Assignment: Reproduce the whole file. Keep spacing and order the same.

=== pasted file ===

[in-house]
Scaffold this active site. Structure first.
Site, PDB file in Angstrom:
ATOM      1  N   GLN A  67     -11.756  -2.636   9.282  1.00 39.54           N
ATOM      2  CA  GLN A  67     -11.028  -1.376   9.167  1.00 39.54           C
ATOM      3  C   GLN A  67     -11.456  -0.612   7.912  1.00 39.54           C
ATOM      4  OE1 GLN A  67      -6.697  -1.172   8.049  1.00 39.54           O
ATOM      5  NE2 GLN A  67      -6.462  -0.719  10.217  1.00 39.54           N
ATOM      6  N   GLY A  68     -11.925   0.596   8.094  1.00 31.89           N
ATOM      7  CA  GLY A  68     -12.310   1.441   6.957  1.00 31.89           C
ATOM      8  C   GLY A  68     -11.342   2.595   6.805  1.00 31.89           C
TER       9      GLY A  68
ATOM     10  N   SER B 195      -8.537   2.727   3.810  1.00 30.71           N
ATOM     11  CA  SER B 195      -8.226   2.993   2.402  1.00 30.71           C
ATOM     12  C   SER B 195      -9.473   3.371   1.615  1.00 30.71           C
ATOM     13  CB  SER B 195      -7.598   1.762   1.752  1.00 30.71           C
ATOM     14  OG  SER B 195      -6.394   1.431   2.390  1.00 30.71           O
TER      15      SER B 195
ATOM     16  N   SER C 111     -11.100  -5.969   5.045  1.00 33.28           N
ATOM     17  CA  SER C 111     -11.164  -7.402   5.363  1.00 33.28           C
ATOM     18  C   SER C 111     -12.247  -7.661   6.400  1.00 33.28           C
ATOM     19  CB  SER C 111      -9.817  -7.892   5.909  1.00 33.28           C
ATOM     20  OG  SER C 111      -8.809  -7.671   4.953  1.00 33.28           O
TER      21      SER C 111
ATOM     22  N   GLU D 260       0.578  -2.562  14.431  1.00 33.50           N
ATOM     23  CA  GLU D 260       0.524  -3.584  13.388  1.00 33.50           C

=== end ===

[in-house]
Scaffold this active site. Structure first.
Site, PDB file in Angstrom:
ATOM      1  N   GLN A  67     -11.756  -2.636   9.282  1.00 39.54           N
ATOM      2  CA  GLN A  67     -11.028  -1.376   9.167  1.00 39.54           C
ATOM      3  C   GLN A  67     -11.456  -0.612   7.912  1.00 39.54           C
ATOM      4  OE1 GLN A  67      -6.697  -1.172   8.049  1.00 39.54           O
ATOM      5  NE2 GLN A  67      -6.462  -0.719  10.217  1.00 39.54           N
ATOM      6  N   GLY A  68     -11.925   0.596   8.094  1.00 31.89           N
ATOM      7  CA  GLY A  68     -12.310   1.441   6.957  1.00 31.89           C
ATOM      8  C   GLY A  68     -11.342   2.595   6.805  1.00 31.89           C
TER       9      GLY A  68
ATOM     10  N   SER B 195      -8.537   2.727   3.810  1.00 30.71           N
ATOM     11  CA  SER B 195      -8.226   2.993   2.402  1.00 30.71           C
ATOM     12  C   SER B 195      -9.473   3.371   1.615  1.00 30.71           C
ATOM     13  CB  SER B 195      -7.598   1.762   1.752  1.00 30.71           C
ATOM     14  OG  SER B 195      -6.394   1.431   2.390  1.00 30.71           O
TER      15      SER B 195
ATOM     16  N   SER C 111     -11.100  -5.969   5.045  1.00 33.28           N
ATOM     17  CA  SER C 111     -11.164  -7.402   5.363  1.00 33.28           C
ATOM     18  C   SER C 111     -12.247  -7.661   6.400  1.00 33.28           C
ATOM     19  CB  SER C 111      -9.817  -7.892   5.909  1.00 33.28           C
ATOM     20  OG  SER C 111      -8.809  -7.671   4.953  1.00 33.28           O
TER      21      SER C 111
ATOM     22  N   GLU D 260       0.578  -2.562  14.431  1.00 33.50           N
ATOM     23  CA  GLU D 260       0.524  -3.584  13.388  1.00 33.50           C